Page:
Women With Breast Cancer Welcome Extended Funding For Medicine Ibrance
It is fantastic news that funding for a vital drug for women with advanced breast cancer, palbociclib (Ibrance), will cover the costs for all those who need it , Libby Burgess, Chair of the Breast Cancer Aotearoa Coalition (BCAC) says.
“It’s wonderful that Ibrance will be funded for New Zealand women who have already received other treatments for advanced hormone receptor positive, HER2 negative breast cancer, in addition to those newly diagnosed and about to start their first treatment. It’s a hugely important medicine that halts or slows the progress of this type of cancer, giving women more quality time to live their lives,” Libby says.
Hundreds of women with advanced breast cancer (known as Metavivors) and their supporters marched to Parliament in October 2018 to demand funding for Ibrance.
“When we learned that Pfizer had only applied for funding for those newly diagnosed (which is known as ‘first line’ treatment), we realised that this would leave out the many hundreds of women already diagnosed and being treated with other drugs,” Libby says.
“That would have included all the brave Metavivors who petitioned Parliament back in October 2018 for access to this vital medicine and all of those diagnosed since then. So we immediately began constructing an application seeking access for second and subsequent treatment to provide Ibrance for everyone who would benefit.”
The PHARMAC announcement that funding will cover both first- and later-line treatments is a direct result of that application. “We’re absolutely delighted that PHARMAC has listened to the patient voice and looked at all the evidence to reach the decision to fund Ibrance for everyone,” Libby says.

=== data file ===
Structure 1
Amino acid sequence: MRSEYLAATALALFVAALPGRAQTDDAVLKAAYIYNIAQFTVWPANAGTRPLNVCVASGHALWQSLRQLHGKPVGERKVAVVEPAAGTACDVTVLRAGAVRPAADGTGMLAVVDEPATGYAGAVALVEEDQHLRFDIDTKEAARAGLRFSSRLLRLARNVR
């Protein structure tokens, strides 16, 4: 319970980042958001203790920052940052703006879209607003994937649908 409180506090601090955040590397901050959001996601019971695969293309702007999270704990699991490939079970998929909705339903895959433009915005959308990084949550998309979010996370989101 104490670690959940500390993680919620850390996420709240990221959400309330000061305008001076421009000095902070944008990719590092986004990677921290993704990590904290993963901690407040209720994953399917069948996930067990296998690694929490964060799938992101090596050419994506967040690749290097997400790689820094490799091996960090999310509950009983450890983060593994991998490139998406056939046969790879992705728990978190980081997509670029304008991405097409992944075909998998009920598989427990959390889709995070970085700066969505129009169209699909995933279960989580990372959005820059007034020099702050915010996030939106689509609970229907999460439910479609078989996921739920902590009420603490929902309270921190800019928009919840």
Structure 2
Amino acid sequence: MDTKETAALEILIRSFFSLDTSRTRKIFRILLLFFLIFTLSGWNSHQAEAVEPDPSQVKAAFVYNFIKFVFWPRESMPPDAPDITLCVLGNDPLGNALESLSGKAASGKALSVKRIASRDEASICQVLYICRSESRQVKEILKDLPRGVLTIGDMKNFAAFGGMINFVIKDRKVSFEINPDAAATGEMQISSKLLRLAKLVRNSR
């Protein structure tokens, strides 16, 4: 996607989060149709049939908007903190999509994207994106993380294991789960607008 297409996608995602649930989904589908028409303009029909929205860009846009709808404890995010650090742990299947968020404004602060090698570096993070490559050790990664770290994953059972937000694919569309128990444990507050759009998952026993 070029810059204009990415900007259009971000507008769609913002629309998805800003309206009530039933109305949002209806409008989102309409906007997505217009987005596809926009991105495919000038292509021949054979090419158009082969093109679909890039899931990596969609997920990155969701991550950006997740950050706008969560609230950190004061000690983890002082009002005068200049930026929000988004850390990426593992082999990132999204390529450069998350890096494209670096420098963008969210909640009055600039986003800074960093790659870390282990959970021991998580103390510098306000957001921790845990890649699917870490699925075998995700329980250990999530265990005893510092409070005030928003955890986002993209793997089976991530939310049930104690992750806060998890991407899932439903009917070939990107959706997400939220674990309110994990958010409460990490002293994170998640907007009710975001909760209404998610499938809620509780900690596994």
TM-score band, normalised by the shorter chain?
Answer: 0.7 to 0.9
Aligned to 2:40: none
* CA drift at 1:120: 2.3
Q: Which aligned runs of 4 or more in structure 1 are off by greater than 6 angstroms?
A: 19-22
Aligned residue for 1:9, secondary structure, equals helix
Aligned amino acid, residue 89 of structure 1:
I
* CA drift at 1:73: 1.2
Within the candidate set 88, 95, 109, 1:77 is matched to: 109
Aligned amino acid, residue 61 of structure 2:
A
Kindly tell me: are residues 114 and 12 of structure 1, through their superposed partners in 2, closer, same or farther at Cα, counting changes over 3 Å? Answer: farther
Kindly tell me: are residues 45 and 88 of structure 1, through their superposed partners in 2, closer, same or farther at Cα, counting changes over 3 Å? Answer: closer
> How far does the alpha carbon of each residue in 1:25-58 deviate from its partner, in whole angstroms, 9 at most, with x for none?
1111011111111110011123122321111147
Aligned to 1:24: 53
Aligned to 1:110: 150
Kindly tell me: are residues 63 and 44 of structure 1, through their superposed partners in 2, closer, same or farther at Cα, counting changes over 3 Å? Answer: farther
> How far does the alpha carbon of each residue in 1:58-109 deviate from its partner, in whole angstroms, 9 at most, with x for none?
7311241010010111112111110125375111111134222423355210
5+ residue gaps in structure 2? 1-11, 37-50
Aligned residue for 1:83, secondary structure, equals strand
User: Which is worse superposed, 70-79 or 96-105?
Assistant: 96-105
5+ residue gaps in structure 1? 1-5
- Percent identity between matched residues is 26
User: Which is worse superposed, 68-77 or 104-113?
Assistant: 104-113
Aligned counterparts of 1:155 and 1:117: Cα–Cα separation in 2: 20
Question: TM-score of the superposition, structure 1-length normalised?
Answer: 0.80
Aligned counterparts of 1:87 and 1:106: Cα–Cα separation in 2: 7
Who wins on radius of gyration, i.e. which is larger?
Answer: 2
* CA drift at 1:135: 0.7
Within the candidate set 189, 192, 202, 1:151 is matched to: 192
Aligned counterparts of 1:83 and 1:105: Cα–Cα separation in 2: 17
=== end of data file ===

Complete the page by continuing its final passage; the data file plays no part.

The application to extend the funding was a formal evidence-based application but BCAC also included personal stories from many Metavivors needing Ibrance.
“It’s great that New Zealand has a system that allows applications from the community, allowing BCAC to put the case for patients in need. One of our key roles is to speak up on behalf of patients, and we work closely in liaison with patients. Our committee are all women who have experienced breast cancer so we understand what is involved. We want women and their families to know they are not alone.”
A BCAC application also led to government funding of fulvestrant (Faslodex), which was announced last December. PHARMAC advises that fulvestrant will be funded by PHARMAC from 1 April 2020. Fulvestrant is an important option in treating advanced oestrogen receptor positive (ER+) breast cancer, the most common subtype affecting around 61% of patients. Fulvestrant will be used as the ‘endocrine partner’ with Ibrance for those who have already been treated for their advanced breast cancer.
BCAC applied for fulvestrant in May 2018, after pharmaceutical company AstraZeneca gave up on their product ever being funded in New Zealand and allowed its Medsafe registration to lapse. The first funding application for fulvestrant went to PHARMAC in 2006, where it remained under consideration for many years.
“It is wonderful to see the Government investing in extending the lives and improving quality of life for women with advanced breast cancer,” Libby says. “However, many more medicines are needed by people with breast cancer and other diseases so we will continue to speak up.”
BCAC is an active member of Patient Voice Aotearoa, a coalition of groups representing a range of diseases. PVA is currently gathering signatures for a petition calling for doubling then tripling NZ’s medicines budget.
“Everyone in New Zealand is affected by disease, either themselves or family members or friends. We all want the best care for people in need and it should be a right as a New Zealander to receive access to the medicines you need.”
Libby says she encourages everyone to sign and support the PVA petition at www.sign4life.nz